Tony Evers signs bill aimed at lowering prescription drug prices in Wisconsin

MADISON - Gov. Tony Evers on Friday signed a bill that aims to lower prescription drug prices in Wisconsin.

The new law adds transparency requirements for pharmacy benefit managers, who manage prescription drug benefits for health plans and negotiate prices for prescription drugs.

The bill, introduced by Sen. Mary Felzkowski, R-Irma, and Rep. Michael Schraa, R-Oshkosh, requires the managers to give the state more information on what they pay for the drugs and whether their savings are reflected in costs paid for by customers.

The new law also bars pharmacy benefit managers from preventing customers from receiving information about cheaper alternatives to their prescriptions.

Read more: https://www.jsonline.com/story/news/politics/2021/03/26/tony-evers-signs-bill-aimed-lowering-lower-prescription-drug-prices/7016519002/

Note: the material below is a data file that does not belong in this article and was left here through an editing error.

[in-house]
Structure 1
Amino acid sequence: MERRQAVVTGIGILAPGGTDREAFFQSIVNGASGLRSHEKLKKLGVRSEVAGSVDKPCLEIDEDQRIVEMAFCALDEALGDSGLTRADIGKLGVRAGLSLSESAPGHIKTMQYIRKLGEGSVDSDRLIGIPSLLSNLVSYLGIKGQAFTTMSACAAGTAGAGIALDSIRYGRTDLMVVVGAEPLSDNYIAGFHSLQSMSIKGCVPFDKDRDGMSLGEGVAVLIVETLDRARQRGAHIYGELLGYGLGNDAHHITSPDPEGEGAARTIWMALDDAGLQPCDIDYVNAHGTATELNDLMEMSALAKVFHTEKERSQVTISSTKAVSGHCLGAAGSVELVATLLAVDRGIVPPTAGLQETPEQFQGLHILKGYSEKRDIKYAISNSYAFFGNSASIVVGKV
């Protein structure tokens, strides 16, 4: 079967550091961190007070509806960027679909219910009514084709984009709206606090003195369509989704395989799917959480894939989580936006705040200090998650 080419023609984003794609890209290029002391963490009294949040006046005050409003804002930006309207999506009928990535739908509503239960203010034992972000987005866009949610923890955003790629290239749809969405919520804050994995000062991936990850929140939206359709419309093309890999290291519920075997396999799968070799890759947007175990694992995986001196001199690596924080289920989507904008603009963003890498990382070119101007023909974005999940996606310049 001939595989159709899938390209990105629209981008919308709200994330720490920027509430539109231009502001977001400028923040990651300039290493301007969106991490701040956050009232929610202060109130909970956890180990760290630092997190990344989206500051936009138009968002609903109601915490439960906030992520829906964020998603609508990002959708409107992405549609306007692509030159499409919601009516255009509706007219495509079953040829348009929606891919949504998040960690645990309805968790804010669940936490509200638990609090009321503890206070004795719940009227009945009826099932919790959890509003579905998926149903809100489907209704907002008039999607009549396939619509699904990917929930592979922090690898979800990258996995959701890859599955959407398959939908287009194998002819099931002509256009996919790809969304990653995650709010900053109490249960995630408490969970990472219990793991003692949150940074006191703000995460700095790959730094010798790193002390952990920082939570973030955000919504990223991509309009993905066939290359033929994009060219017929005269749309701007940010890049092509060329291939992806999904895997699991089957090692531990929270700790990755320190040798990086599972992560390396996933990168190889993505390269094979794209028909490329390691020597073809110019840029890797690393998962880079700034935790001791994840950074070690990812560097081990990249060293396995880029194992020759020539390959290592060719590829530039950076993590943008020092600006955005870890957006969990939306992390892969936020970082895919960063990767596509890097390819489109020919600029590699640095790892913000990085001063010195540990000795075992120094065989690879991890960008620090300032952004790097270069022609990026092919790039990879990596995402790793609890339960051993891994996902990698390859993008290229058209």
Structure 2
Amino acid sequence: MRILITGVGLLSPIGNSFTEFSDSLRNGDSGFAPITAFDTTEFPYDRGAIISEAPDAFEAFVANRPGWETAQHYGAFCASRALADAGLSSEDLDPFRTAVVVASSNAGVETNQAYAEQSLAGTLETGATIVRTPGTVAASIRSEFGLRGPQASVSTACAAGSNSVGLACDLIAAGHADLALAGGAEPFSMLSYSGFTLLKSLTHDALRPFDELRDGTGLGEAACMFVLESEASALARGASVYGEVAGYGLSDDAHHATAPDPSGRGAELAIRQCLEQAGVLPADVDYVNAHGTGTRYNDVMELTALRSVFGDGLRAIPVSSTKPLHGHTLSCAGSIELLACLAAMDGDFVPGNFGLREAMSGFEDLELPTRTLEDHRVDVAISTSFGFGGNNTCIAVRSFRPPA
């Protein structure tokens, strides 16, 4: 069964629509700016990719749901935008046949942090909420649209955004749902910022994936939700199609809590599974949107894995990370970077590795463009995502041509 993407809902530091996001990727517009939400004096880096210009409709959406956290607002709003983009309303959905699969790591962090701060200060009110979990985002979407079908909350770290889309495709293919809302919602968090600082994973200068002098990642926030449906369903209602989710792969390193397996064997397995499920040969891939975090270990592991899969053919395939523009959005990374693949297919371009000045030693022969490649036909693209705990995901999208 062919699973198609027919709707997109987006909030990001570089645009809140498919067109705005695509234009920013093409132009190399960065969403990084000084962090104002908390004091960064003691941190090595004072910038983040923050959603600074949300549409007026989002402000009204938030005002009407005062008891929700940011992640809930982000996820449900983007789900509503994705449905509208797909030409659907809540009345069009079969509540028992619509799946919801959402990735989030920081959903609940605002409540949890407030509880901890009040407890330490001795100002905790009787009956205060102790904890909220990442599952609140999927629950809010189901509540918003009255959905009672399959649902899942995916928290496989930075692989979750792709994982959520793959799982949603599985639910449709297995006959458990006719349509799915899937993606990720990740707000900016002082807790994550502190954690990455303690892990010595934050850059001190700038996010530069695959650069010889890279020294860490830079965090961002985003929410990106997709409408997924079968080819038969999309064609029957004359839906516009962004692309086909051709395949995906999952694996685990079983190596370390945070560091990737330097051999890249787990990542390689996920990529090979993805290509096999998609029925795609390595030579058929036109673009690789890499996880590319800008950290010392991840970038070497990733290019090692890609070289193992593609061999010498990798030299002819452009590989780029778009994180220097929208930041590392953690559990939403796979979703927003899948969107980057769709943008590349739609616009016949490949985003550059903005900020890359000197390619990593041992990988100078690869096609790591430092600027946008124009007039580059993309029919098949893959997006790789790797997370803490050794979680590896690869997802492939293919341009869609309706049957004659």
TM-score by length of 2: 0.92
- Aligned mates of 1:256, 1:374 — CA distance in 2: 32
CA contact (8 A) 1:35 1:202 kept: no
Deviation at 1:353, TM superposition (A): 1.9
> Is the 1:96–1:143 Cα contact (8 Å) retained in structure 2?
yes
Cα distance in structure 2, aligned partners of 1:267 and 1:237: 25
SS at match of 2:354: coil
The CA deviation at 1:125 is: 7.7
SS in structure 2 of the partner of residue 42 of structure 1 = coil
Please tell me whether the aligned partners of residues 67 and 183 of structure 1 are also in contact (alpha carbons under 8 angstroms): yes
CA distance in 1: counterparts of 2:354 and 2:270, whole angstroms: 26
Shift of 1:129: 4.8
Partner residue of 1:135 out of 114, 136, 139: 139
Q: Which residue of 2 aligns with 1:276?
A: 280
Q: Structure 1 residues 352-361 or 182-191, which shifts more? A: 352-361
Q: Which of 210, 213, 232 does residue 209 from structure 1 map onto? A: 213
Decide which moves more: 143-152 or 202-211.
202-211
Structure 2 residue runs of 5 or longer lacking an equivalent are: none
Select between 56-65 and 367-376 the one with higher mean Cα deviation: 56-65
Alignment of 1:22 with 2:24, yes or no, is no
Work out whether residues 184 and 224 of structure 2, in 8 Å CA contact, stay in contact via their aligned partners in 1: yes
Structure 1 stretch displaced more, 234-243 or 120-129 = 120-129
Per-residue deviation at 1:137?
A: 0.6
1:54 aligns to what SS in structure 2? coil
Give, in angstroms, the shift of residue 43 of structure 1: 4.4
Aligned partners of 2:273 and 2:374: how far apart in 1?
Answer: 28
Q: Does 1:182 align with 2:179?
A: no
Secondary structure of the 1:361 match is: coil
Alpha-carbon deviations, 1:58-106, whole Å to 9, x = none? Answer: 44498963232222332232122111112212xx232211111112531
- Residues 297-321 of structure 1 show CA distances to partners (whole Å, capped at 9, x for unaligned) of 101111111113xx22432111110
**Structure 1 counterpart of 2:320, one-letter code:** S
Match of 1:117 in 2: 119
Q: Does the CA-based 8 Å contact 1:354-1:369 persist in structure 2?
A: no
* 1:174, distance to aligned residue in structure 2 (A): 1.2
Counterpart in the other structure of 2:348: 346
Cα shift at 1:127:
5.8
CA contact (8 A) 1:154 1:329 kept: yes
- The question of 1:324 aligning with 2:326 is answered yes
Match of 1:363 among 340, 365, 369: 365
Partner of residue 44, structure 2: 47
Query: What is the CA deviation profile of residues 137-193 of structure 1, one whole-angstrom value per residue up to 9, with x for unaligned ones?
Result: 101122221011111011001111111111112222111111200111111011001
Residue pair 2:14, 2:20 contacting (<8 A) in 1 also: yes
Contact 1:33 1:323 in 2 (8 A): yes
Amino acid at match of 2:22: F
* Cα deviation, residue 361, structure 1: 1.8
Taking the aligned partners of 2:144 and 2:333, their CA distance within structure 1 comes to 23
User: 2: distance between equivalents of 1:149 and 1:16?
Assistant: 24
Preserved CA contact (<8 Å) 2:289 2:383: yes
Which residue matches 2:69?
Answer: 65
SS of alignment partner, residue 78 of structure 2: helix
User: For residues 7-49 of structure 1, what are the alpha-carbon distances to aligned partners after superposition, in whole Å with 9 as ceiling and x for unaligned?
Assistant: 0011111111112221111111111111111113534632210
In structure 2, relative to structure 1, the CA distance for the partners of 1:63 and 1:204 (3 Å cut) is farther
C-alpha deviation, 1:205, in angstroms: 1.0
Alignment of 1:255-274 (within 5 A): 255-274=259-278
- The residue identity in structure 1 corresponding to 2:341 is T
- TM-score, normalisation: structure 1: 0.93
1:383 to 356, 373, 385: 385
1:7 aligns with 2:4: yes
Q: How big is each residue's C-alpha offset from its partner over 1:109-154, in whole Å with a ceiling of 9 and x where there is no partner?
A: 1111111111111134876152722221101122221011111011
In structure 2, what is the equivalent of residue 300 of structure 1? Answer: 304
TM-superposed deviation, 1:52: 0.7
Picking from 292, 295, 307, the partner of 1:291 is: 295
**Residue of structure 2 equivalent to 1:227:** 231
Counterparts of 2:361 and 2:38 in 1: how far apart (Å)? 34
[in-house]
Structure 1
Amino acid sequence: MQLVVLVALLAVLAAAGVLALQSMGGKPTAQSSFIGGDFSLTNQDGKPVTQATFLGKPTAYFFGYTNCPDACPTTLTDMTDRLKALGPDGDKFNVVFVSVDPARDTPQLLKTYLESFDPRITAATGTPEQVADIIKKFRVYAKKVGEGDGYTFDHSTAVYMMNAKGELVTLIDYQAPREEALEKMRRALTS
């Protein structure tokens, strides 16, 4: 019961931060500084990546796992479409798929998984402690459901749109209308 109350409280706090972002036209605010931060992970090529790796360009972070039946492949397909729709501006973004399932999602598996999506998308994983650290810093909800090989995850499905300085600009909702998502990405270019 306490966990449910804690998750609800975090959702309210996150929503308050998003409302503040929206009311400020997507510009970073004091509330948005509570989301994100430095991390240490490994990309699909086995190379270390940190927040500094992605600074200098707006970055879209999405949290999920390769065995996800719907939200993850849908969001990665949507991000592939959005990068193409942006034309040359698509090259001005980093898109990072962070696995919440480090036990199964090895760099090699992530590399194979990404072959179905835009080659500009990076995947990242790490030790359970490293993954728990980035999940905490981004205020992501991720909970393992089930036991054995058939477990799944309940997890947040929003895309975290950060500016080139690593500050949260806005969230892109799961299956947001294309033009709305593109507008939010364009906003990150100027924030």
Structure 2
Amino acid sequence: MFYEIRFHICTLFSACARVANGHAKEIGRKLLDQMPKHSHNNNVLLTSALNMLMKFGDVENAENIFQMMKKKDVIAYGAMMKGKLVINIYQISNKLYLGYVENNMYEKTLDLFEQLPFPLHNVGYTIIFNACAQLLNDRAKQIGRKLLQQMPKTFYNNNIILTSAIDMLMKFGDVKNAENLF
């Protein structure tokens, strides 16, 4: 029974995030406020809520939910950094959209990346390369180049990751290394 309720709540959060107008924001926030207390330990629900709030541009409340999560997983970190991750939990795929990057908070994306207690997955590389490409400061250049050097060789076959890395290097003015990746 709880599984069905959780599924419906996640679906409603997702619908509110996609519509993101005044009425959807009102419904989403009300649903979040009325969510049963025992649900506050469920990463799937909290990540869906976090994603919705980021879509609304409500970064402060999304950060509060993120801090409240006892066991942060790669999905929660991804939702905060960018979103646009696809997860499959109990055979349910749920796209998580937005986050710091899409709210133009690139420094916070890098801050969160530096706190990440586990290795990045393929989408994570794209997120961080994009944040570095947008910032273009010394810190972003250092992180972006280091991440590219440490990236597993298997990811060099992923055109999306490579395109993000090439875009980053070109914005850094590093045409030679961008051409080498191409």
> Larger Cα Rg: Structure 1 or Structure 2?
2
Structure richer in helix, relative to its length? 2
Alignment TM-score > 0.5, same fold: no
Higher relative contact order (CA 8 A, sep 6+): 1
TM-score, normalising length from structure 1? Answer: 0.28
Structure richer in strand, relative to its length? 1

Residents of Fort Atkinson shocked that 2019 petroleum spill by Enbridge went unreported for over a

Residents of Fort Atkinson shocked that 2019 petroleum spill by Enbridge went unreported for over a year


Community members near the site of a 2019 pipeline leak are questioning why the Canadian oil company in charge of the line didn't notify them sooner.

Enbridge Energy waited more than a year to notify the Wisconsin Department of Natural Resources of a spill on one of its pipelines running through south-central Wisconsin, leaving residents wondering if their wells could be impacted by petroleum products.

Line 13, also known as the Southern Lights Pipeline, starts in Manhattan, Ill., and runs through Wisconsin and Minnesota, delivering products to Enbridge's Edmonton terminal in Alberta, Canada, according to the company's website. The line transports 180,000 barrels per day of petroleum diluent, which is used to dilute heavy oils for easier transportation.

The spill took place in Fort Atkinson, on Blackhawk Island Road near the Rock River and Lake Koshkonong.

Read more: https://www.jsonline.com/story/news/local/wisconsin/2021/03/29/enbridge-energy-2019-wisconsin-spill-went-unreported-over-year/7007012002/
(Milwaukee Journal Sentinel)

300 days of Black Lives Matter protest